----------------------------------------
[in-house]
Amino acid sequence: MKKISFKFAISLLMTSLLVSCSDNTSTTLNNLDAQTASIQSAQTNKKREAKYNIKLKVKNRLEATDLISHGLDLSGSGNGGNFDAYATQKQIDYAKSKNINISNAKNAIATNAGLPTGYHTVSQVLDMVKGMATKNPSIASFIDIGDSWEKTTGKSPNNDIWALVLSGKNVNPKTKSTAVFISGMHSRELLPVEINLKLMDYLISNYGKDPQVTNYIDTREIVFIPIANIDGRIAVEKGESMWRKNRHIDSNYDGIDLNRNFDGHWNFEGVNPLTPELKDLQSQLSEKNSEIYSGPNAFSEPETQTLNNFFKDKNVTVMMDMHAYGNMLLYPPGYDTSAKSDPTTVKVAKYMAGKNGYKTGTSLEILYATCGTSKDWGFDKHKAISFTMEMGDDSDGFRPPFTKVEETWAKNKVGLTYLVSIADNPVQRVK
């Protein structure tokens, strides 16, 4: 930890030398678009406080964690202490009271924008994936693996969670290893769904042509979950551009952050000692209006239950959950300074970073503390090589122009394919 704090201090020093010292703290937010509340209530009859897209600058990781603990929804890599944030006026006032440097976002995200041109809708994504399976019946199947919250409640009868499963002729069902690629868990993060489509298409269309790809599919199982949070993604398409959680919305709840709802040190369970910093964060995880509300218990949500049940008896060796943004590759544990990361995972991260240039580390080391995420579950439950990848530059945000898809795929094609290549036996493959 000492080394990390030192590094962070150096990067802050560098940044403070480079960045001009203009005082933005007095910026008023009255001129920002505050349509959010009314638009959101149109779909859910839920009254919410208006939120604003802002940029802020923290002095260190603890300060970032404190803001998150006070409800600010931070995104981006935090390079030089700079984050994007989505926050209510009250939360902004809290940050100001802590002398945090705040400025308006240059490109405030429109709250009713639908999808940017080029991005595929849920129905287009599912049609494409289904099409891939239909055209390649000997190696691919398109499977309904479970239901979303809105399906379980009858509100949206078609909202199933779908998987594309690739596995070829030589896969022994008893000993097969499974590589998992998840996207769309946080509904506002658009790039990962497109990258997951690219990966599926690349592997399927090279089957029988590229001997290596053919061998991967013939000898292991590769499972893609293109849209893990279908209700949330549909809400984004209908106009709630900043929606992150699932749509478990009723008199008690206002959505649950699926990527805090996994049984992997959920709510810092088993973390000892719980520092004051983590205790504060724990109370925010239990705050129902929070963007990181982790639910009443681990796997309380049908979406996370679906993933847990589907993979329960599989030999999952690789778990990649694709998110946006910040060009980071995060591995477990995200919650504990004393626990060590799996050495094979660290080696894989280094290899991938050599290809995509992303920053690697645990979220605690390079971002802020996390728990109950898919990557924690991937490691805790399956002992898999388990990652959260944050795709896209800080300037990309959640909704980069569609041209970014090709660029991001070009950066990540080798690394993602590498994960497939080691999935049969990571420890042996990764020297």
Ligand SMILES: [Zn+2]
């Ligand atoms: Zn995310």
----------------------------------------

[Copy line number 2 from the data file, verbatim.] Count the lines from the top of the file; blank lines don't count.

Amino acid sequence: MKKISFKFAISLLMTSLLVSCSDNTSTTLNNLDAQTASIQSAQTNKKREAKYNIKLKVKNRLEATDLISHGLDLSGSGNGGNFDAYATQKQIDYAKSKNINISNAKNAIATNAGLPTGYHTVSQVLDMVKGMATKNPSIASFIDIGDSWEKTTGKSPNNDIWALVLSGKNVNPKTKSTAVFISGMHSRELLPVEINLKLMDYLISNYGKDPQVTNYIDTREIVFIPIANIDGRIAVEKGESMWRKNRHIDSNYDGIDLNRNFDGHWNFEGVNPLTPELKDLQSQLSEKNSEIYSGPNAFSEPETQTLNNFFKDKNVTVMMDMHAYGNMLLYPPGYDTSAKSDPTTVKVAKYMAGKNGYKTGTSLEILYATCGTSKDWGFDKHKAISFTMEMGDDSDGFRPPFTKVEETWAKNKVGLTYLVSIADNPVQRVK